“As my mother lay passed out on the sofa in our apartment, I was led by a new friend, sometime beyond the midnight hour, to a park. He told me there were some cool people waiting for us there. I found myself standing before a figure sitting on a bench. He motioned for me to come closer as my friend departed back into the darkness. As I stepped forward, I could make out the features of the man—he could not have been more than 20—who was to become my leader. ‘Do you want in?,’ he asked in matter-of-fact tone, as if I knew what ‘in’ meant. I did not. But the absence of being ‘in’ anywhere else, and a sense that this could be fun, or at least sufficiently dangerous to make me feel something, compelled me to say ‘yes.’ He then clapped his hands, prompting a bunch of boys, including my friend, to emerge from the shadows and line up in front of me. ‘If you can remain standing, you're in,’ he explained. ‘If not, you better run and hope we never see you again.’ With that, the first boy in line drove his fist into my stomach without warning. As the next boy approached, now I knew to tighten my abs, receiving his blow. Each boy in line punched me in the gut until my whole body was trembling with nausea. But I remained standing. ‘You’re in,’ the guy on the bench announced, as he stood to his feet and walked away. ‘That’s Sly,’ my friend said. The unspoken truth was that I had just been initiated into a gang and Sly was my leader. I was given a name that was both funny and appropriate. Someone in the group called me ‘Casper’ and it stuck. At Sly's bidding, night after night we roamed the streets of LA, marking off territory with graffiti, breaking into cars and stealing whatever valuable content we might find, bringing the loot to Sly, getting high to celebrate, and being sent out to buy and sell drugs.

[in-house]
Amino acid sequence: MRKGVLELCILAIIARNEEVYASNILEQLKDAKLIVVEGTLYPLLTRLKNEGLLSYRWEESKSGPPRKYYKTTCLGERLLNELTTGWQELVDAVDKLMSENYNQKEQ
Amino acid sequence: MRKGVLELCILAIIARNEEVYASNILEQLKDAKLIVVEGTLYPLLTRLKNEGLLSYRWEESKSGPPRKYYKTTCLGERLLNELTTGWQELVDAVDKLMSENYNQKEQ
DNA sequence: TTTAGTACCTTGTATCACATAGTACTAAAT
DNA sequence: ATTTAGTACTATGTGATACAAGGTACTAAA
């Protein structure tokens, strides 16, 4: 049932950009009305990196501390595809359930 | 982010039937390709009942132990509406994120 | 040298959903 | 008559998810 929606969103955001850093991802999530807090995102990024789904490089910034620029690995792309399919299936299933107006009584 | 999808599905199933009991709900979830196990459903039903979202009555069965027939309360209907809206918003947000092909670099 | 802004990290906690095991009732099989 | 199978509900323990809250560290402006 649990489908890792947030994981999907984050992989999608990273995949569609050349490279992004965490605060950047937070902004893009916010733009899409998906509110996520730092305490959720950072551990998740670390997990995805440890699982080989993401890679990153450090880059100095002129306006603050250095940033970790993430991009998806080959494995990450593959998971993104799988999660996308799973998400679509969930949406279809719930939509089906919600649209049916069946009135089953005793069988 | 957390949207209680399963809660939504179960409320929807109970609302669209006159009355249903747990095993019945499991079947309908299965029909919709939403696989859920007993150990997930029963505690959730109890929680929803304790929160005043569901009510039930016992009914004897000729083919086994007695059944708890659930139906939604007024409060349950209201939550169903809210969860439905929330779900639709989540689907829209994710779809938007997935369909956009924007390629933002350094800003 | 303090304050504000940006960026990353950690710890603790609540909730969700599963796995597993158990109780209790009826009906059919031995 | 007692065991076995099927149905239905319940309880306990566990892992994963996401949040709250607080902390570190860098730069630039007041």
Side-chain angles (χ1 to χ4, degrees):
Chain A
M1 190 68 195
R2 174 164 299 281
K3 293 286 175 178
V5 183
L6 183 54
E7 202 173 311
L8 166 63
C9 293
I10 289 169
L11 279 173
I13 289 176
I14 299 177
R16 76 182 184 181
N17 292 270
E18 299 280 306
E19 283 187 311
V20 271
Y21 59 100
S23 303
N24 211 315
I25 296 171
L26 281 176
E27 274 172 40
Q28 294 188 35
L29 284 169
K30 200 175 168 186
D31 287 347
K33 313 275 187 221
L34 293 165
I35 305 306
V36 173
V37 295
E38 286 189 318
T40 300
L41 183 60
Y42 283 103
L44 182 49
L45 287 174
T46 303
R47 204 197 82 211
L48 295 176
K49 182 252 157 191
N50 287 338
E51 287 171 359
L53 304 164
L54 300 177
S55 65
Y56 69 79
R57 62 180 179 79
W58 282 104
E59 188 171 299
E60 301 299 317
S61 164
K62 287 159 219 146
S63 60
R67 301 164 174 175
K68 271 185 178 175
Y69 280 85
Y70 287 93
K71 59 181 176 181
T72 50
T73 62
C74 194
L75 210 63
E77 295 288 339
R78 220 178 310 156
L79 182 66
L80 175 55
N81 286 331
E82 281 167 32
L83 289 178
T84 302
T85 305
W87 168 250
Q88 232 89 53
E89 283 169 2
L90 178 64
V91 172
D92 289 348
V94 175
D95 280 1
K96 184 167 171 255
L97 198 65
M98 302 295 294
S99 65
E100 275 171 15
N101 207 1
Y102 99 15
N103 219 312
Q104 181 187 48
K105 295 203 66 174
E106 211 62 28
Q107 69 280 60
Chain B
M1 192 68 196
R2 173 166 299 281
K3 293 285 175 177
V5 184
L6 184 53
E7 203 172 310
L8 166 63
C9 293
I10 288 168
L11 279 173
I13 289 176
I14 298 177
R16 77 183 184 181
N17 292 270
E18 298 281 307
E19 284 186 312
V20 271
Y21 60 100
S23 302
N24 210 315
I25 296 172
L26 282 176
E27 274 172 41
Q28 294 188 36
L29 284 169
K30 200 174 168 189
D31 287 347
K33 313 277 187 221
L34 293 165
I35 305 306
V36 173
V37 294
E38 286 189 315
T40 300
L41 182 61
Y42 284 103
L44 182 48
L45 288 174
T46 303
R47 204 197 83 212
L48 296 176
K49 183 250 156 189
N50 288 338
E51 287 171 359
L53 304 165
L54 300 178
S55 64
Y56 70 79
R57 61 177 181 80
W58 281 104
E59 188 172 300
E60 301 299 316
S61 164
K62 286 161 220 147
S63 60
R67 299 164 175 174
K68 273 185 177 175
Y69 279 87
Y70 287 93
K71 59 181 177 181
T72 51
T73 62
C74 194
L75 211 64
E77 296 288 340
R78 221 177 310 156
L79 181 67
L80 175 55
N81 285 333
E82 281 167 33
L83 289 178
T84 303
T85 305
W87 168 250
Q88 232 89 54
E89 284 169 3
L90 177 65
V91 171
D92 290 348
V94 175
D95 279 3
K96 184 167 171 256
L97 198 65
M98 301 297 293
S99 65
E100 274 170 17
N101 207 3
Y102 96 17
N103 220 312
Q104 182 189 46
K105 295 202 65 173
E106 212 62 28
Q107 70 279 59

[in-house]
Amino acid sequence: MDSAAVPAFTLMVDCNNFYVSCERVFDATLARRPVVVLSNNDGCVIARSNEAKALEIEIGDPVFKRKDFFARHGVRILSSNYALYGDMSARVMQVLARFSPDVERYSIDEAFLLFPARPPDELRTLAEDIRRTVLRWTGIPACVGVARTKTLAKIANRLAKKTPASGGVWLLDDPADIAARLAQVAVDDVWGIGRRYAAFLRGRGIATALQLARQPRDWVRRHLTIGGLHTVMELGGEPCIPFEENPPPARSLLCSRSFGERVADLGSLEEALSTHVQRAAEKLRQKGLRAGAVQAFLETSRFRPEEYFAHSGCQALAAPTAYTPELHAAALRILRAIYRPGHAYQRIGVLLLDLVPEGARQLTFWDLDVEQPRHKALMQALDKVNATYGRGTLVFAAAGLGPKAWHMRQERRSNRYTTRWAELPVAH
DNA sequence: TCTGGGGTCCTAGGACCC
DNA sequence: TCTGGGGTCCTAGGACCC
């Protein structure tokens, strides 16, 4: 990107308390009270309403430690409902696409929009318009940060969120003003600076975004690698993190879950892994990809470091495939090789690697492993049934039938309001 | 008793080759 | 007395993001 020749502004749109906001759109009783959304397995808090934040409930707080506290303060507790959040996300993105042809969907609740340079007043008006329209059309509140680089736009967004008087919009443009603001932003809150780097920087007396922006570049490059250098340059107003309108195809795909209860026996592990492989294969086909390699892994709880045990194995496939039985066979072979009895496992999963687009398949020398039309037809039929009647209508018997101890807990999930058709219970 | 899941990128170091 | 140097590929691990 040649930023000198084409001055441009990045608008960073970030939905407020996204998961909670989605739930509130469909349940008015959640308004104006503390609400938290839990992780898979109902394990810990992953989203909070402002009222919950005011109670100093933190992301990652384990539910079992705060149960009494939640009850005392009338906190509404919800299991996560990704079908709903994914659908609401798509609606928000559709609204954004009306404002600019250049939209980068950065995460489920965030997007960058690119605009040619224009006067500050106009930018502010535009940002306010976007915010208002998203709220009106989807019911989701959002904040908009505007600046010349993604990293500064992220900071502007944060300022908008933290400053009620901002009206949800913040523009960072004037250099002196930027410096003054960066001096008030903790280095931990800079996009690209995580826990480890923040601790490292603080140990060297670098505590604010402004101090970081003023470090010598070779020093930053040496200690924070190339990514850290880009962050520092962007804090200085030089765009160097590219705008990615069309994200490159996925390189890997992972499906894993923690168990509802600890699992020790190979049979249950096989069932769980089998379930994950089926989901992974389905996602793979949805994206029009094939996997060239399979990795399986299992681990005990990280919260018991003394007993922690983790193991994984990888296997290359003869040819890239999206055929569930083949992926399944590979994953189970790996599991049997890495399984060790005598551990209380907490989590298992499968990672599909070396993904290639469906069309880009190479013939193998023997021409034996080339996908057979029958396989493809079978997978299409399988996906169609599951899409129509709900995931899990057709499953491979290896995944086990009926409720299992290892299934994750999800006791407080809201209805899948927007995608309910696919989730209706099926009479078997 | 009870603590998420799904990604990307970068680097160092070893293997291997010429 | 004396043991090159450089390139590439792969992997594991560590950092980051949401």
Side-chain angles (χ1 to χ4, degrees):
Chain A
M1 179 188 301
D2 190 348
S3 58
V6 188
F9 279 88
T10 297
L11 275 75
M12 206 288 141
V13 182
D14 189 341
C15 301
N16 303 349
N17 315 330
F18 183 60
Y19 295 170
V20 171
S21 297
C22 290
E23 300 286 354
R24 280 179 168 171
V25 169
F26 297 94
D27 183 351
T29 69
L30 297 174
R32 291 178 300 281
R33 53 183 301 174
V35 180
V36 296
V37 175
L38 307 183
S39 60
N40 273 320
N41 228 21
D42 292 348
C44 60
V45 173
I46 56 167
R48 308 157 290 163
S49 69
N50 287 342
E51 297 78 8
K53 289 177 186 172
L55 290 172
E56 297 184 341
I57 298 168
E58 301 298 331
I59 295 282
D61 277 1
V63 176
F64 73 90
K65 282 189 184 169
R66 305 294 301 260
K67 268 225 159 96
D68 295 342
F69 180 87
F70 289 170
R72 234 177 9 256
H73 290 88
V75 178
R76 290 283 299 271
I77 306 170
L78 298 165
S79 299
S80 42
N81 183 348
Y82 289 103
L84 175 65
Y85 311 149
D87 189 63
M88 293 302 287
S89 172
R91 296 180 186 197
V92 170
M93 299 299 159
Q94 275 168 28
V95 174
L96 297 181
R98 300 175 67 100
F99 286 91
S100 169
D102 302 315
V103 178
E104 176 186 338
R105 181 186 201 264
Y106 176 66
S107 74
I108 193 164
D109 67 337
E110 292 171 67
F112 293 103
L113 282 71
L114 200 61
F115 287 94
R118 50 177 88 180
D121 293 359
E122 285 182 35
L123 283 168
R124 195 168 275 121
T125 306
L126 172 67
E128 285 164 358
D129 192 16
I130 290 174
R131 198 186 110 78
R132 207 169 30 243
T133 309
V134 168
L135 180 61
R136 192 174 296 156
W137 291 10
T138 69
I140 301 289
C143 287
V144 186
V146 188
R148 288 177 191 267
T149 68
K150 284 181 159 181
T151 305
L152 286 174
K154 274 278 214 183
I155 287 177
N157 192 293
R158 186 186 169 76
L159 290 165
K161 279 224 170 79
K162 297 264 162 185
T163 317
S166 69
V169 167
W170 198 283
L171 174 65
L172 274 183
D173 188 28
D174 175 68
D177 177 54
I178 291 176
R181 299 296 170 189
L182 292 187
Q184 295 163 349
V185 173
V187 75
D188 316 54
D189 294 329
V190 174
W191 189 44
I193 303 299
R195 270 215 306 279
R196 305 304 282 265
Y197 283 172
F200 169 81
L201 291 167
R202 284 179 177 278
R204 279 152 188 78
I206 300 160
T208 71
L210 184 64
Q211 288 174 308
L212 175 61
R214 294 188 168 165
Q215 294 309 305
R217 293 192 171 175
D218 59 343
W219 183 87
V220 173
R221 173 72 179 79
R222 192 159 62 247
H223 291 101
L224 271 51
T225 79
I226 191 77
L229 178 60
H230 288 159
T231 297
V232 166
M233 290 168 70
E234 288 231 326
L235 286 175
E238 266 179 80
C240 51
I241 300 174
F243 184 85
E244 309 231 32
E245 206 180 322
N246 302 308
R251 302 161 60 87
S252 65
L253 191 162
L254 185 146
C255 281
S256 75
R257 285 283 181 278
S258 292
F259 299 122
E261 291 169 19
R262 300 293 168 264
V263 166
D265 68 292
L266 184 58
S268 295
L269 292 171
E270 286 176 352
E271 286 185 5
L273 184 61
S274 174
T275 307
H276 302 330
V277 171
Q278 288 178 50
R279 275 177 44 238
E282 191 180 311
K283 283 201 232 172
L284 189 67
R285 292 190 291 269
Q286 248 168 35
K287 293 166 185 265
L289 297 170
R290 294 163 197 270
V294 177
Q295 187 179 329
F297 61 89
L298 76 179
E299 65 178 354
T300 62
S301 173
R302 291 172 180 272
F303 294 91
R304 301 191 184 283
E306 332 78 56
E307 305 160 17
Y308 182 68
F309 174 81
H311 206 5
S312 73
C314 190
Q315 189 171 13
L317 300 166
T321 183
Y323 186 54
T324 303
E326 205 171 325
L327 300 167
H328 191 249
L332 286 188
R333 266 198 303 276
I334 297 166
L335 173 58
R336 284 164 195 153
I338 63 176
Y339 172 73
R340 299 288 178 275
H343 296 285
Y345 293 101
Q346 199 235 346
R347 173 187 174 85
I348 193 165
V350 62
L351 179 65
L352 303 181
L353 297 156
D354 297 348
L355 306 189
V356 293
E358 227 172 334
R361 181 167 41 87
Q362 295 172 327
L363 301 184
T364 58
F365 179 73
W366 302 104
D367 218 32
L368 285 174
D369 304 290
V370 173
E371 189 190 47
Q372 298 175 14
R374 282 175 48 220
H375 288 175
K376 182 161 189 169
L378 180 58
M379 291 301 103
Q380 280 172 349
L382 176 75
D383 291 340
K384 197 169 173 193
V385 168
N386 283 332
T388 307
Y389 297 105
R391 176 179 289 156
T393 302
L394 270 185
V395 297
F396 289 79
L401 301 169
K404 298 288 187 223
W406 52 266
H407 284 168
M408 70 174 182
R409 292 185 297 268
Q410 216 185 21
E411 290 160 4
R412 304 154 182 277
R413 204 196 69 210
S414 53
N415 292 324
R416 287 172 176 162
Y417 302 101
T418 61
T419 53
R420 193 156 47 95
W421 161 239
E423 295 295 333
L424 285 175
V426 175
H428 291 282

One night, losing the will to live, I half-on-purpose overdosed on a mix of narcotics and alcohol. My friends carried me up three flights of stairs in my apartment building, lay me in front of my door, knocked and ran. My mom pulled me in, stuck her finger down my throat forcing me to vomit, put me in bed and nursed me back to life. Shortly thereafter, she decided to get clean and started attending Alcoholics Anonymous. She insisted that I begin attending a teen addiction program run by the same organization. It had no effect on me, but she was now sober and would never look back, making a series of decisions that saved my life and my soul. In desperation to extract me and my siblings from hell that was our life in LA, she moved us to Sacramento. That’s where I met the girl that would become my wife, but not before she became my mom’s partner in rescuing me. I got in more trouble in Sacramento. I was expelled from two schools, involved in violent episodes of street warfare until two of my friends were stabbed and the knife was put to my chest, only to watch the badly beaten-up kid pull the knife away from me, jump in his car and speed off. That event, combined with a few other insane situations, led my mom to move us to Washington state. There, she and my girlfriend began studying the Bible and underwent a radical conversion to Christ. They then proceeded to apply all their motherly and girlfriendly powers to chase down my soul for Jesus, leading to my radical conversion. Sue and I were married and have been following Christ ever since.”